Incompetent At My Job

Question to Ask the Workplace Doctors about feeling incompetentg in new job:

I’ve been at this job now for 4 months and feel like the situation has not improved. But it’s got to the point that even when I’m not at work I feel constantly sick at the thought of work. I hate being so incompetent at my job and feel it’s not fair on my colleagues that have to carry me. I keep making silly mistakes and always get told off. The problem is: I do not notice these mistakes until it’s too late. I can deal with problems that I know about, but if I do a piece of work and think it’s OK and it subsequently gets shot down, I lose a lot of confidence. I have brought work home with me to work on it before I go in, but am sitting here feeling hysterical. I just can’t do it! Should I give it a few more months and accept that if I can’t do the job and it was the wrong career move for me, or resign?

Signed, Sick At The Thought Of Work

Dear Sick At The Thought Of Work:

There is no way from here that I can know enough about you and your performance to advise what you should do. Why? Because I don’t know the difficulty of the job or if you have been given sufficient training. What I know from your brief description is that you feel incompetent and miserable and that you need to do more than suck in your guts and keep trying. You need to talk with your boss and coworkers to assess · Your skill level, · What are the mistakes you are making, · What might be done to prevent them, and/or · If it would be good if you should resign.

From you state of distress, it is obvious that you need to request an early appraisal of your work. Job evaluation is the job of a boss and she/he might enlist your coworkers in that if you so request. You say your coworkers must “carry you” and that when you make silly mistakes you are “told off.” Therefore it is time to learn from your boss and coworkers if they think you are doing as well as can be expected with four month of learning the job and if they think you can ever learn it.Learning some jobs is like learning one kind of dance. Learning others is like learning many different kinds of dances. But even learning one kind of dance without making a few silly mistakes for me takes more than four months.You notice that I’ve used the word “learning” more than once.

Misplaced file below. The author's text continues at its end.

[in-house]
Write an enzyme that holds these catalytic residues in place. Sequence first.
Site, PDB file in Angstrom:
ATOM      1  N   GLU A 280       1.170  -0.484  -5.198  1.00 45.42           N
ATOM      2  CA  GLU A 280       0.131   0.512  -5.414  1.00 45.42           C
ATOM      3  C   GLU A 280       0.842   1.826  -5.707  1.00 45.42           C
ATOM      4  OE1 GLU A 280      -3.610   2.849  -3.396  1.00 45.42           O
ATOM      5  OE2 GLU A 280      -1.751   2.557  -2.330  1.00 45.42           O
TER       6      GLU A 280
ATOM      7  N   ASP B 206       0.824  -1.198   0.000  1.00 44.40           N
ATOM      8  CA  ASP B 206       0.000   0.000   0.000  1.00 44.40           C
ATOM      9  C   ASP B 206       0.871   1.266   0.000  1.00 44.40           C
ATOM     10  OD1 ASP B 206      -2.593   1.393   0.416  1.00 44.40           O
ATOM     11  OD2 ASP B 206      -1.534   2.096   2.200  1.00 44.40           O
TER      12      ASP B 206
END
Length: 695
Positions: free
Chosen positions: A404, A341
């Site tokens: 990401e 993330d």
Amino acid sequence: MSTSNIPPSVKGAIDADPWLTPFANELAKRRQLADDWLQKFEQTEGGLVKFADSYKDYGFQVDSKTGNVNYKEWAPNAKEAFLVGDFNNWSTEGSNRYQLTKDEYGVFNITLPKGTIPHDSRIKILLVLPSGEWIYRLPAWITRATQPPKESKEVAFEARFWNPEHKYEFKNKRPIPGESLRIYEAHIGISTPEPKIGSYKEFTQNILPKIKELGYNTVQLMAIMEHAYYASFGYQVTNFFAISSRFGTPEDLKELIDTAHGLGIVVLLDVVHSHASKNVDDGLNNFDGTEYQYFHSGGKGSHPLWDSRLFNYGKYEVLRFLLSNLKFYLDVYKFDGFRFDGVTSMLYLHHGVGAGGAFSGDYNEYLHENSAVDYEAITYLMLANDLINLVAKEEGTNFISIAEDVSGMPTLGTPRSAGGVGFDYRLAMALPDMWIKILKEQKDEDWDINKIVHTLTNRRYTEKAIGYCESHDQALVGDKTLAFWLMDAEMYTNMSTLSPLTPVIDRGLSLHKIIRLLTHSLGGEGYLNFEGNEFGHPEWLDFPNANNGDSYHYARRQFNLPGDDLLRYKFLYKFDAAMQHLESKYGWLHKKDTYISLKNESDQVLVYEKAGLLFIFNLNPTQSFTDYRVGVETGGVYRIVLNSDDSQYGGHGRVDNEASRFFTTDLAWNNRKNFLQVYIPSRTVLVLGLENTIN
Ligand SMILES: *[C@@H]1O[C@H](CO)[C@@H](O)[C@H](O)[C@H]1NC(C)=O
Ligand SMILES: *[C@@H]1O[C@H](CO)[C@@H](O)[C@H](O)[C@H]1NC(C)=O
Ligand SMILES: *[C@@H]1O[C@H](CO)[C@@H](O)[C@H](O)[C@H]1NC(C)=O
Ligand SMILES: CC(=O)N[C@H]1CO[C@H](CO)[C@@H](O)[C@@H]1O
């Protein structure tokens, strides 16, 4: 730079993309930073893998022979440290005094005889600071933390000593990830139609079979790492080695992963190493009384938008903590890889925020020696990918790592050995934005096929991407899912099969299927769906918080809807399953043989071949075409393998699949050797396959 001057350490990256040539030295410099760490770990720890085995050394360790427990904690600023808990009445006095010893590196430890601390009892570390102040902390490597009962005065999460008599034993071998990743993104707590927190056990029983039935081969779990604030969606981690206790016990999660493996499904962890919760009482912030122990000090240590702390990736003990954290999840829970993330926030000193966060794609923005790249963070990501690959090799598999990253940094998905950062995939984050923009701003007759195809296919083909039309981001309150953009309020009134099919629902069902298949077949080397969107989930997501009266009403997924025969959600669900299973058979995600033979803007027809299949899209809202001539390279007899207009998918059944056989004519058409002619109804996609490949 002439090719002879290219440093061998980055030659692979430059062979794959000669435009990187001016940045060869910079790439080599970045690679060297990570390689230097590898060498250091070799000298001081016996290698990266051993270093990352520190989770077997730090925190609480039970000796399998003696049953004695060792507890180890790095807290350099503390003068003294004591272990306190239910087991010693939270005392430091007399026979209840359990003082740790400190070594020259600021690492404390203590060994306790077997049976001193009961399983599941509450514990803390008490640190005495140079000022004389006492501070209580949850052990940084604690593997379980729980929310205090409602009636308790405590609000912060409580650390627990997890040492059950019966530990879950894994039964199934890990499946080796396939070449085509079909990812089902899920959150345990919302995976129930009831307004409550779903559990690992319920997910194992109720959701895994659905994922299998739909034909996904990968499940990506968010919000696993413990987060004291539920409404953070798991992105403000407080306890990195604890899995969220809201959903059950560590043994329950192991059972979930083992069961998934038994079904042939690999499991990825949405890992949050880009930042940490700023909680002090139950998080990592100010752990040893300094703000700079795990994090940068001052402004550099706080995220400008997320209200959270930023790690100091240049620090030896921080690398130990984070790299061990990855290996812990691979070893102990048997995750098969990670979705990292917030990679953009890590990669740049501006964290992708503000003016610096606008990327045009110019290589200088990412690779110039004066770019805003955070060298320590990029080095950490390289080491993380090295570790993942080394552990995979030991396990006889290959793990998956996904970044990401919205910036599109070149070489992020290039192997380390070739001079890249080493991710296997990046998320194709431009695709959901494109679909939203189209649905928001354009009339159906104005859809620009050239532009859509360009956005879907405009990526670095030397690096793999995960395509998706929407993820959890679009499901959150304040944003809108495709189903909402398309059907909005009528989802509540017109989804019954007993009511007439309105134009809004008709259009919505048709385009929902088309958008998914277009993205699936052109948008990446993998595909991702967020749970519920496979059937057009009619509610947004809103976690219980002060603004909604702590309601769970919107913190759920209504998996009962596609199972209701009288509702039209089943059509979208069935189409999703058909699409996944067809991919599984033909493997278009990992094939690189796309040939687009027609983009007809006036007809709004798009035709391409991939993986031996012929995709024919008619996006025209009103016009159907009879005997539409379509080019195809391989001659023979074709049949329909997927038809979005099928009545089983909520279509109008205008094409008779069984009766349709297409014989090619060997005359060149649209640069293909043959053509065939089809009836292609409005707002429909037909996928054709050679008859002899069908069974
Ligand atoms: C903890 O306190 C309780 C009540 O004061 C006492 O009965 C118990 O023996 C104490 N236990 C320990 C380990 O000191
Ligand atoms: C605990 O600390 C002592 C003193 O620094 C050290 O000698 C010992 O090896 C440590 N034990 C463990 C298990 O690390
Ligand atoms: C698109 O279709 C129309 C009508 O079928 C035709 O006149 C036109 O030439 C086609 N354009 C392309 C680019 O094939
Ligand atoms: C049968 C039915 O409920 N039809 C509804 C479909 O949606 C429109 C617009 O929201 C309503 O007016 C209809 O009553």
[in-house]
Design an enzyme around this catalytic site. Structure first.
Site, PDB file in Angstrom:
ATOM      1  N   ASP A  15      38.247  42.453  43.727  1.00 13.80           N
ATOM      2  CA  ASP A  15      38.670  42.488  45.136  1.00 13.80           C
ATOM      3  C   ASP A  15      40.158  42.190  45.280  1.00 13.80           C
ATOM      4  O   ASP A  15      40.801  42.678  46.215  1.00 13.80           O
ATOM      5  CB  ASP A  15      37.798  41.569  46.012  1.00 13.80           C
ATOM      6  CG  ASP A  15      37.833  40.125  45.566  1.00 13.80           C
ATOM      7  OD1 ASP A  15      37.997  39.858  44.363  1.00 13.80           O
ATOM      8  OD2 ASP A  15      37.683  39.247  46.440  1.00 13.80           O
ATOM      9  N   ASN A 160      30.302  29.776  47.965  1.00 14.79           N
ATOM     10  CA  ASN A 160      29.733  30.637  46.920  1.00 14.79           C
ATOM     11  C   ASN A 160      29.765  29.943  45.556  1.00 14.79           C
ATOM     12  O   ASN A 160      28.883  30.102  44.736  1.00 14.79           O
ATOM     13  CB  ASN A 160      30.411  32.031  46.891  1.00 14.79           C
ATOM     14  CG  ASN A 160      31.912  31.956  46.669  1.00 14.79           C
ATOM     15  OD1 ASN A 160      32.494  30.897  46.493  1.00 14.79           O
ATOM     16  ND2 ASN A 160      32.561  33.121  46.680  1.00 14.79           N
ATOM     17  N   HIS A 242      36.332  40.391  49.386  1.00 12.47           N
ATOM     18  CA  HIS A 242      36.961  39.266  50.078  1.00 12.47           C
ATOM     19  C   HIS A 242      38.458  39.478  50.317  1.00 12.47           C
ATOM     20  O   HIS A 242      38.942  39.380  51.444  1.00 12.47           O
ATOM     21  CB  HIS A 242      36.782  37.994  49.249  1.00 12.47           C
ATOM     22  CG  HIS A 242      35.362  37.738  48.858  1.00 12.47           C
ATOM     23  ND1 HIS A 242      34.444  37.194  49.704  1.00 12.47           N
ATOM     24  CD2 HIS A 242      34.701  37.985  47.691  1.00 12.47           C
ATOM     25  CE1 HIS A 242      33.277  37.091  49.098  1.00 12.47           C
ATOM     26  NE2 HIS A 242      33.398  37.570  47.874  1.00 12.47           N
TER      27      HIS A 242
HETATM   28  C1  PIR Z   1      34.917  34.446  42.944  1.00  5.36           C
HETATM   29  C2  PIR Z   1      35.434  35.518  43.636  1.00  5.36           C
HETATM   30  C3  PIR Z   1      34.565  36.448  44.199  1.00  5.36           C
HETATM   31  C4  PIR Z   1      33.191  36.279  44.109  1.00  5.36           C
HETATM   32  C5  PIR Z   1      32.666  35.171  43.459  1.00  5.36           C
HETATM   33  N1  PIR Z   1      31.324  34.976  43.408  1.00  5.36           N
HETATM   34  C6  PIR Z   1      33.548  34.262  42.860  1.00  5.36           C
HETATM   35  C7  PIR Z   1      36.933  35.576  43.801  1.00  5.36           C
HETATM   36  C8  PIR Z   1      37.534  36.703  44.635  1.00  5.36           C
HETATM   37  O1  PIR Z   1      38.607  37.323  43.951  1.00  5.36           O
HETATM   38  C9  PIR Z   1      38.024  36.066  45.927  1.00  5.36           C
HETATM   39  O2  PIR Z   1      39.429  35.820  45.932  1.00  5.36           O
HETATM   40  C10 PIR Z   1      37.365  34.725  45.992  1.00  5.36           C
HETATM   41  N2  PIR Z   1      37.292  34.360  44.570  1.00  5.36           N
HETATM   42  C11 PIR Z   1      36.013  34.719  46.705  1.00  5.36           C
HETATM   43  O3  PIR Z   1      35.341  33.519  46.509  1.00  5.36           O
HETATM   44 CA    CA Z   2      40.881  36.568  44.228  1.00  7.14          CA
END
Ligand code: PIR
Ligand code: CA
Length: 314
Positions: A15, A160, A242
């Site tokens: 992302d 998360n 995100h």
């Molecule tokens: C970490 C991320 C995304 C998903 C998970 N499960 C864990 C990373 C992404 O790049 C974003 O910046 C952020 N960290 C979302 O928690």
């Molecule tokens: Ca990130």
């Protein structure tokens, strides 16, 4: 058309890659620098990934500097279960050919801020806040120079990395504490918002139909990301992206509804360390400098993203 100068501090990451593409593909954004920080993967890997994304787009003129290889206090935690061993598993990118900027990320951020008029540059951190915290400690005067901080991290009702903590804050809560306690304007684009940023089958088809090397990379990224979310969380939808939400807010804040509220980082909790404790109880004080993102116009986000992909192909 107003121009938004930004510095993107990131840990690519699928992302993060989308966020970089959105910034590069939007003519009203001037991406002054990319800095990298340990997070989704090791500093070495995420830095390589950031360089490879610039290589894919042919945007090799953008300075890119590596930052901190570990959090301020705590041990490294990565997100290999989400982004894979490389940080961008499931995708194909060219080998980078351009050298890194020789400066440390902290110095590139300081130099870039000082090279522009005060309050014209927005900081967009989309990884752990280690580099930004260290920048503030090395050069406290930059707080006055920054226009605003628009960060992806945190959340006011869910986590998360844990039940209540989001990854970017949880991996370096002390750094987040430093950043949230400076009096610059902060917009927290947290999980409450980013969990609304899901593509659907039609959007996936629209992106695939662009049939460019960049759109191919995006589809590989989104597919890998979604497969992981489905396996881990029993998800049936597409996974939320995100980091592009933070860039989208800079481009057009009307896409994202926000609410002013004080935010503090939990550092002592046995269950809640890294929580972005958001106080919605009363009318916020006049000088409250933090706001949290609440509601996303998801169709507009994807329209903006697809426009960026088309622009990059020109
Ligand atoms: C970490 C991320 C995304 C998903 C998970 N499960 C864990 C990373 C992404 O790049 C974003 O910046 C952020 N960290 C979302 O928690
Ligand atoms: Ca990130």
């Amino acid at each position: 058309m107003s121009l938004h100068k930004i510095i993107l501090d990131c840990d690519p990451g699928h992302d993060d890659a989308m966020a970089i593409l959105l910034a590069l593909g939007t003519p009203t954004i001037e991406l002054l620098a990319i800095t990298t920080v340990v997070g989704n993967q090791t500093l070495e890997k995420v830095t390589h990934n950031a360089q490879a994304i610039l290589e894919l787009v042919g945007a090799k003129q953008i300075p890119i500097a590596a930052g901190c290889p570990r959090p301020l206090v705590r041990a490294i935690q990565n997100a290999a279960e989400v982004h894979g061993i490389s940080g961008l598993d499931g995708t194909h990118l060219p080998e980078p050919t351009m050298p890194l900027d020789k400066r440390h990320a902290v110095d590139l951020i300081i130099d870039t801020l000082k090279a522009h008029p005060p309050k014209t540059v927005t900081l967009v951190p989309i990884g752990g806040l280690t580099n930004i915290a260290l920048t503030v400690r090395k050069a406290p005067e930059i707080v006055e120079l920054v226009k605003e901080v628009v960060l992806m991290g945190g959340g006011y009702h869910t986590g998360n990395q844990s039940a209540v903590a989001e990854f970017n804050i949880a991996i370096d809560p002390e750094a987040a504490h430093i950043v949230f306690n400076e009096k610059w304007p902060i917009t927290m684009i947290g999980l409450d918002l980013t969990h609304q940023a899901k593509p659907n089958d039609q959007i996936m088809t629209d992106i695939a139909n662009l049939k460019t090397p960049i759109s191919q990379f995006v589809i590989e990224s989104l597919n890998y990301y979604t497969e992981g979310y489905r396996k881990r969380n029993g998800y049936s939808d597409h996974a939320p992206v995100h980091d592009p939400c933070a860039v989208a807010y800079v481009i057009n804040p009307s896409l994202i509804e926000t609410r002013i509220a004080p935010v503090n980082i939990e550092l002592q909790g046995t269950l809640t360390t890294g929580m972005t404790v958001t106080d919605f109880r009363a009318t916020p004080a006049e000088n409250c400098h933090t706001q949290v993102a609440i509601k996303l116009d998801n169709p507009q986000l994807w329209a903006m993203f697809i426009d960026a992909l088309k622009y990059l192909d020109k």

Your career path and this current distress over feeling incompetent are best seen as a process of learning where you fit. If you can see it that way, you will not be so frustrated. You also are learning if your current workplace is employee supportive. Did it give you enough training and if not is it willing to retrain you? Is your boss a coach and is your work group a team? And there is the bigger question: Is your work organization needed and making more than money; one that is doing well and also is doing good?

In short, can you see your current distress as a learning opportunity? Apparently you wrote the workplace doctors at a time you were deeply upset, so upset that you wondered if the job you are in “was the wrong career move.” At this moment an answer to that hinges on what you learn from your boss and coworkers, but it also depends on your career preparation and what are your interests. Finally, although I can’t provide a quick-fix answer you question, I can advise that you don’t play and replay the silly mistakes and telling and retelling your self how incompetent you are. Doing that, as you question to us indicates, is causing a state of anxiety. It is time for you to talk with your boss and possibly with your Human Resources. The fact that you have been there four months means they so far see you as doing something right or you would have already been fired. Now it’s time to assess your future. You are not working solo. You are part of a work group and a larger operation. Working together with hands, head, and heart takes and makes big WEGOS. Feeling a part of something big does not just happen.

William Gorden